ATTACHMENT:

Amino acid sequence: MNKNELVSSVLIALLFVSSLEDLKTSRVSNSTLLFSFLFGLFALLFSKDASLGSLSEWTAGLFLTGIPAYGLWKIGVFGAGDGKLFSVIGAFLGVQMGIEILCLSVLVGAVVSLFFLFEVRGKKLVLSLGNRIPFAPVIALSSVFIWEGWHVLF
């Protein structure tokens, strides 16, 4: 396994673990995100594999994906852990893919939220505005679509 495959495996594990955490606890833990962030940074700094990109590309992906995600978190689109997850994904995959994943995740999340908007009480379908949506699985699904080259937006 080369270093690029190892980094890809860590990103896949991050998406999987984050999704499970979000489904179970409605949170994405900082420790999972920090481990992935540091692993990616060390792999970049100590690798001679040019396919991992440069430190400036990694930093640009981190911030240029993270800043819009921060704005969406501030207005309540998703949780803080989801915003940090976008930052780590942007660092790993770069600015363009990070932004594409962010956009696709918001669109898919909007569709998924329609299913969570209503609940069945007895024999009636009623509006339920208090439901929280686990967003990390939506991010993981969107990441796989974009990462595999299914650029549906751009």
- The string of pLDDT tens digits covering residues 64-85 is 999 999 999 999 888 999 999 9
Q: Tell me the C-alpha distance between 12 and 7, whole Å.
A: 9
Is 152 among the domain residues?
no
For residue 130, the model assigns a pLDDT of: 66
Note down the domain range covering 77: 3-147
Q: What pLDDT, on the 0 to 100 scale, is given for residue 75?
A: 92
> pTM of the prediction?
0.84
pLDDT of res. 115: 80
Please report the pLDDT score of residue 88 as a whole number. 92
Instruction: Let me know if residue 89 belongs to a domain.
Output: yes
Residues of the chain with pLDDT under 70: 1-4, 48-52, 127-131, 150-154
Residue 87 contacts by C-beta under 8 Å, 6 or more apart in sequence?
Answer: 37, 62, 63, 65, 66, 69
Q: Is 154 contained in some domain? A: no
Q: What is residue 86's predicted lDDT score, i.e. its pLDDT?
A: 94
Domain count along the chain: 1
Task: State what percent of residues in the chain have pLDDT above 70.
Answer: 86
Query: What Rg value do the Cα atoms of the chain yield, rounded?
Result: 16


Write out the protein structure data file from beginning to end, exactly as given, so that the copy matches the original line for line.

Amino acid sequence: MNKNELVSSVLIALLFVSSLEDLKTSRVSNSTLLFSFLFGLFALLFSKDASLGSLSEWTAGLFLTGIPAYGLWKIGVFGAGDGKLFSVIGAFLGVQMGIEILCLSVLVGAVVSLFFLFEVRGKKLVLSLGNRIPFAPVIALSSVFIWEGWHVLF
């Protein structure tokens, strides 16, 4: 396994673990995100594999994906852990893919939220505005679509 495959495996594990955490606890833990962030940074700094990109590309992906995600978190689109997850994904995959994943995740999340908007009480379908949506699985699904080259937006 080369270093690029190892980094890809860590990103896949991050998406999987984050999704499970979000489904179970409605949170994405900082420790999972920090481990992935540091692993990616060390792999970049100590690798001679040019396919991992440069430190400036990694930093640009981190911030240029993270800043819009921060704005969406501030207005309540998703949780803080989801915003940090976008930052780590942007660092790993770069600015363009990070932004594409962010956009696709918001669109898919909007569709998924329609299913969570209503609940069945007895024999009636009623509006339920208090439901929280686990967003990390939506991010993981969107990441796989974009990462595999299914650029549906751009």
- The string of pLDDT tens digits covering residues 64-85 is 999 999 999 999 888 999 999 9
Q: Tell me the C-alpha distance between 12 and 7, whole Å.
A: 9
Is 152 among the domain residues?
no
For residue 130, the model assigns a pLDDT of: 66
Note down the domain range covering 77: 3-147
Q: What pLDDT, on the 0 to 100 scale, is given for residue 75?
A: 92
> pTM of the prediction?
0.84
pLDDT of res. 115: 80
Please report the pLDDT score of residue 88 as a whole number. 92
Instruction: Let me know if residue 89 belongs to a domain.
Output: yes
Residues of the chain with pLDDT under 70: 1-4, 48-52, 127-131, 150-154
Residue 87 contacts by C-beta under 8 Å, 6 or more apart in sequence?
Answer: 37, 62, 63, 65, 66, 69
Q: Is 154 contained in some domain? A: no
Q: What is residue 86's predicted lDDT score, i.e. its pLDDT?
A: 94
Domain count along the chain: 1
Task: State what percent of residues in the chain have pLDDT above 70.
Answer: 86
Query: What Rg value do the Cα atoms of the chain yield, rounded?
Result: 16